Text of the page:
I really love what people throw out on the Internet. Who hasn’t enjoyed unwrapping a Terry’s Orange Chocolate Ball? It is such a novelty to unwrap the orange foil, gently tap the round ball of chocolate and watch the ball fan out with chocolate slices. You’ll have to watch this brief video to see there is a purpose to a piece of the packaging—who would have thought?

I saved this gem for last. Wouldn’t you love to impress family and friends by “sabering” the top off a bottle of bubbly. Click on this very helpful link. . .and apparently a sword/saber isn’t necessary. https://msn,com/en-ca/health/wellness/how-to-saber-a-bottle-of-champagne-using-a-sword-spoon-or-even-a-watch/ar-AA15GzKr?ocid=msedgdhp&pc=U531&cvid=50eaebe7cb6349ceBbbb6a7f0fe18532

Hopefully, I’ve plunged us into 2023 with smiles and a bucket of useful information. After all, not everyone knows how to eat a croissant properly or sabering off the top of a bottle of bubbly. . . . .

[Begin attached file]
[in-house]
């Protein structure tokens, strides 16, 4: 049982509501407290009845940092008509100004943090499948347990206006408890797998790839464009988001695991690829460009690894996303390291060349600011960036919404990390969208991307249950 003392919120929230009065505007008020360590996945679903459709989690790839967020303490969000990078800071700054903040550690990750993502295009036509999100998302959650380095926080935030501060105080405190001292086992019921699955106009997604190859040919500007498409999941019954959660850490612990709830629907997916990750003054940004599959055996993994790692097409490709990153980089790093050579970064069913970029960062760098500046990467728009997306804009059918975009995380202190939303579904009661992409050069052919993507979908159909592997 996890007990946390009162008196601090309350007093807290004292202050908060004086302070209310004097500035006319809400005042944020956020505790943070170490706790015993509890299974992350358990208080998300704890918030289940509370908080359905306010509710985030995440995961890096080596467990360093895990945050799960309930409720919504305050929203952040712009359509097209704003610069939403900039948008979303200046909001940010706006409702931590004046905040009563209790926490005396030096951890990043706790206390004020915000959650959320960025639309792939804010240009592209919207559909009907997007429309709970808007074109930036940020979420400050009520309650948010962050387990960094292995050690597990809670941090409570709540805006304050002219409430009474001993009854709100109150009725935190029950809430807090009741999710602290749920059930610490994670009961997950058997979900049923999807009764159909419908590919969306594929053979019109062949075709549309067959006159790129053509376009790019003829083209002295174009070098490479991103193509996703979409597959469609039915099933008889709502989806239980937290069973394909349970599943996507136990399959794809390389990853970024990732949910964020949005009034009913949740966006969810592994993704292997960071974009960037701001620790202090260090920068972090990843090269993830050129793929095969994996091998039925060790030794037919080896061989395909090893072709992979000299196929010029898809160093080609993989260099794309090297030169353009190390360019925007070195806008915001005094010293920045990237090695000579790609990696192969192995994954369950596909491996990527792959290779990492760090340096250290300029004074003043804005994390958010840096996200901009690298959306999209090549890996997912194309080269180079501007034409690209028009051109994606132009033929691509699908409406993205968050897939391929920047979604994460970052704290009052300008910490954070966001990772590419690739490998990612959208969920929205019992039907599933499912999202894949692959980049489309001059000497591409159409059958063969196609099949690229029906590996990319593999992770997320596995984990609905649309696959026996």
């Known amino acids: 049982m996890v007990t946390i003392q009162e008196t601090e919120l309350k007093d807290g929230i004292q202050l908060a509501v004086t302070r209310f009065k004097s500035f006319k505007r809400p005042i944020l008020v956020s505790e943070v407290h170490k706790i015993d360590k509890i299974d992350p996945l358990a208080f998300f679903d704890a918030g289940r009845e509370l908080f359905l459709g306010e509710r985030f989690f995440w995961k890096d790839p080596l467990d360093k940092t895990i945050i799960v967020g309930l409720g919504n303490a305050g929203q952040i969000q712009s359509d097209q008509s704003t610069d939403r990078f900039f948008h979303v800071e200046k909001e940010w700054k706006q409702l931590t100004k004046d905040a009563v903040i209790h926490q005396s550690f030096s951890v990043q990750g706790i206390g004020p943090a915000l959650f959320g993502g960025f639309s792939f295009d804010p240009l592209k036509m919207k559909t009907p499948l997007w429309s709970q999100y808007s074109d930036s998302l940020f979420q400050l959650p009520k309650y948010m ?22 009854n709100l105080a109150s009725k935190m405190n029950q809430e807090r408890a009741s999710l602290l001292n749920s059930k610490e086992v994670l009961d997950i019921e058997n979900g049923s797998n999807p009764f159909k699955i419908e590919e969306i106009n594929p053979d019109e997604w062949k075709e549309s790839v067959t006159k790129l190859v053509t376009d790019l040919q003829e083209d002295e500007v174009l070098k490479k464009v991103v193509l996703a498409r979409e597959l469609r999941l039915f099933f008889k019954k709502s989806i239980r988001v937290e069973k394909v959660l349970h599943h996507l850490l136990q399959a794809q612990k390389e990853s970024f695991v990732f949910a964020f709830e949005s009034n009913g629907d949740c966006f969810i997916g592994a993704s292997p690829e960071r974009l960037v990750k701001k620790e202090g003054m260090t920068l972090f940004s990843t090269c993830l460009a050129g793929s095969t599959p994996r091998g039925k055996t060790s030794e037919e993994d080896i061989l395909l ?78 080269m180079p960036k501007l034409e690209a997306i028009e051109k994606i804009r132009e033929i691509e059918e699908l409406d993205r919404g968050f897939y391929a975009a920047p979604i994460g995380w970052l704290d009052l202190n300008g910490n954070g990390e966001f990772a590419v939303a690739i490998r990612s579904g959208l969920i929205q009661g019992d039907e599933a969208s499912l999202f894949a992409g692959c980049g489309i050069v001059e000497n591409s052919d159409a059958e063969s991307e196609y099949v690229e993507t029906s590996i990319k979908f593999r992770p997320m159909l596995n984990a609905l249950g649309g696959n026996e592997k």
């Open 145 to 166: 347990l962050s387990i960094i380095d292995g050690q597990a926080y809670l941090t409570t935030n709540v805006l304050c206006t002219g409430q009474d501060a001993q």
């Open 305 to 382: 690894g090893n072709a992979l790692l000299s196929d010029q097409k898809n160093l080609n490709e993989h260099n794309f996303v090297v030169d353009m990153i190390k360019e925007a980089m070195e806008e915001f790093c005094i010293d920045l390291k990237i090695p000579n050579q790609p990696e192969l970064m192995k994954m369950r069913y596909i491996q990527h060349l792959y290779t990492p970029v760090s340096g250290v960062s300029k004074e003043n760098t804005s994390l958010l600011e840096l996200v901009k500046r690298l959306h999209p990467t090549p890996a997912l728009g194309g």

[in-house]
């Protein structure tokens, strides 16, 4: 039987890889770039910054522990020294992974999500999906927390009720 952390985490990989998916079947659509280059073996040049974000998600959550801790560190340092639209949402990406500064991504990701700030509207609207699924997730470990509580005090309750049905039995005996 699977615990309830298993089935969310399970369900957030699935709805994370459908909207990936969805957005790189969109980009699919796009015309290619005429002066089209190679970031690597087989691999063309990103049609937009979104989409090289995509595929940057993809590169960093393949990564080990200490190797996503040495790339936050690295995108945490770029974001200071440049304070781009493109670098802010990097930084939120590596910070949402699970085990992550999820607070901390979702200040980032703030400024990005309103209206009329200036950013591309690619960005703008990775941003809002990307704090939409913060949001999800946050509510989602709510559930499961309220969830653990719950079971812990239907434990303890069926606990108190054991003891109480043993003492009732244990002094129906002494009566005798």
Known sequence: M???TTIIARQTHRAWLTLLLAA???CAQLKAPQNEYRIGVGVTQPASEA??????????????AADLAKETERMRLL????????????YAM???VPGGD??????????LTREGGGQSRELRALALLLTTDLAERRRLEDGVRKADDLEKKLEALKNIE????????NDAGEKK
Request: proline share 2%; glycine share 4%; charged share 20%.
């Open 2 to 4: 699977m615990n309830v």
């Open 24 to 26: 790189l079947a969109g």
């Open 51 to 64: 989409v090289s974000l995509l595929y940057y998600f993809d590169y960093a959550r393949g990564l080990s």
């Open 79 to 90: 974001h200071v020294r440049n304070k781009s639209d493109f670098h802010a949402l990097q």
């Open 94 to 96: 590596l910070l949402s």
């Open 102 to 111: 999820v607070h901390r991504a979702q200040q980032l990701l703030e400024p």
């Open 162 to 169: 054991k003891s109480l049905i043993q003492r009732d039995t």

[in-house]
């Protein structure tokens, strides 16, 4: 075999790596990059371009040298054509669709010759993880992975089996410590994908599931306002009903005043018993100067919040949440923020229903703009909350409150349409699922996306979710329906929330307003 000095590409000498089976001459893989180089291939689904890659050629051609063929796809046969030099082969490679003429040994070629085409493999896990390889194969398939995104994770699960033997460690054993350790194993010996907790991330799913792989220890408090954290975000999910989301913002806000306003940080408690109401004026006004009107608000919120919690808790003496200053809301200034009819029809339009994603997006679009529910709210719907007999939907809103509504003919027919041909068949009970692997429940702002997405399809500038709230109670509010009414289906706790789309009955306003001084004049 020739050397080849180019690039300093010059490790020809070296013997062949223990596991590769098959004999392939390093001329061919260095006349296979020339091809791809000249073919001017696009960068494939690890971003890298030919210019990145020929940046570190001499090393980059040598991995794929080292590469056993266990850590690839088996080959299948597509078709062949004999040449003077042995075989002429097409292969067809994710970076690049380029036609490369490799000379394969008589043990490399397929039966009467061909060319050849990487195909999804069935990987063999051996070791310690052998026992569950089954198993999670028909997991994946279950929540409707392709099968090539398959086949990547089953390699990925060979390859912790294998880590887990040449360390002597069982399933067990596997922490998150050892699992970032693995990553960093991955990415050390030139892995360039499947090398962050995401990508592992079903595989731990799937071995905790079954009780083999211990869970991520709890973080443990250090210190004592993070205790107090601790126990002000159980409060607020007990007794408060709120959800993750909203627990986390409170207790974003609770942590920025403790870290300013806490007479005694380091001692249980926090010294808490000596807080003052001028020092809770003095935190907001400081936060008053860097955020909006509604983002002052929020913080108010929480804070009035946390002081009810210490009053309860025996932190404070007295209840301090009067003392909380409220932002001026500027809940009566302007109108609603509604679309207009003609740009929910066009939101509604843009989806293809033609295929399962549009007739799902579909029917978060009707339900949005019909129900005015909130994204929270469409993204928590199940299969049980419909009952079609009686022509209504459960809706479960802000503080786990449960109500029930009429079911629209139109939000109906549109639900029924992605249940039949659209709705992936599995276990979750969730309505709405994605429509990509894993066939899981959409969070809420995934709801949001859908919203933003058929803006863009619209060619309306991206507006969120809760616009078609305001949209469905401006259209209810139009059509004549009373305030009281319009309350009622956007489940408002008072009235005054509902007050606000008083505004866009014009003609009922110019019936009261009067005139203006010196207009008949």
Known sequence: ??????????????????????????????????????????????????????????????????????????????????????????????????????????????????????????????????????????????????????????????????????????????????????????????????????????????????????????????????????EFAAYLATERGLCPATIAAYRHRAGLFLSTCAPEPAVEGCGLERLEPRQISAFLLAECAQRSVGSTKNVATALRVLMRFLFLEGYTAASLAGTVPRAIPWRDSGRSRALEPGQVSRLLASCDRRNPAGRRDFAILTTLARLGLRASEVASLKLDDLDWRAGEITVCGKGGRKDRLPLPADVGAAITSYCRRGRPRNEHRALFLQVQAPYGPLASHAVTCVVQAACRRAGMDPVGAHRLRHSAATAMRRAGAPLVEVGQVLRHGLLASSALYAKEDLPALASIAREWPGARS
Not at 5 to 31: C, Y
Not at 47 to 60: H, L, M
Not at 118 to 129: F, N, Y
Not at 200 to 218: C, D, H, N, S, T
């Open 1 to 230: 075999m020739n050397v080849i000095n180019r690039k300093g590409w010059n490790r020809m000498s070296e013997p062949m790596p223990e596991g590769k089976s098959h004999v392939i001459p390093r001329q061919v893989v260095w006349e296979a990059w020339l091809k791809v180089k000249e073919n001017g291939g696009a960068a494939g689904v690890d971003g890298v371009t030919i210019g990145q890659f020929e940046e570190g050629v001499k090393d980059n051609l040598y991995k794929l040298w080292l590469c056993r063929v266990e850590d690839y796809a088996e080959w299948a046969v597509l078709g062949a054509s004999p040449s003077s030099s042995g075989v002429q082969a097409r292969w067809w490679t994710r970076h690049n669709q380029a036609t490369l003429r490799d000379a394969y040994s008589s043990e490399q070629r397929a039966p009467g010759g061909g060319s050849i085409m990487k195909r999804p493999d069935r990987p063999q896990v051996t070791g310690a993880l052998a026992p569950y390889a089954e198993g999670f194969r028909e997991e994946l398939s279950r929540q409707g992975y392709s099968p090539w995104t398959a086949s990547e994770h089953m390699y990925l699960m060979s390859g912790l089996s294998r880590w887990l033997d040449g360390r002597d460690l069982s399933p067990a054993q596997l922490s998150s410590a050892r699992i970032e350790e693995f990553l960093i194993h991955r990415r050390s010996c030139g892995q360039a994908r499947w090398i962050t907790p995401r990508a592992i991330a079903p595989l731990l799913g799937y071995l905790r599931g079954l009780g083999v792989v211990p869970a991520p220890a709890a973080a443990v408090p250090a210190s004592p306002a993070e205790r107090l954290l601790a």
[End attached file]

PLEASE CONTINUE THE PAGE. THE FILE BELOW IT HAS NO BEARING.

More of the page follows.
“Christmas isn’t a season, it’s a feeling.” Edna Ferber

“Maybe Christmas doesn’t come from a store, maybe Christmas perhaps means a little bit more.” Dr. Seuss

Christmas is a gathering of family and friends; the comfort and warmth of home and hearth; the sharing of the joy and pleasures of the Holiday Season. It is the sound of excited children and laughter; the special smells of pine trees, roasting turkeys, the spicy scent of mince tarts and gingerbread; colorful holly and chrysanthemums including boisterous renditions of familiar carols are all part of the Holiday scene.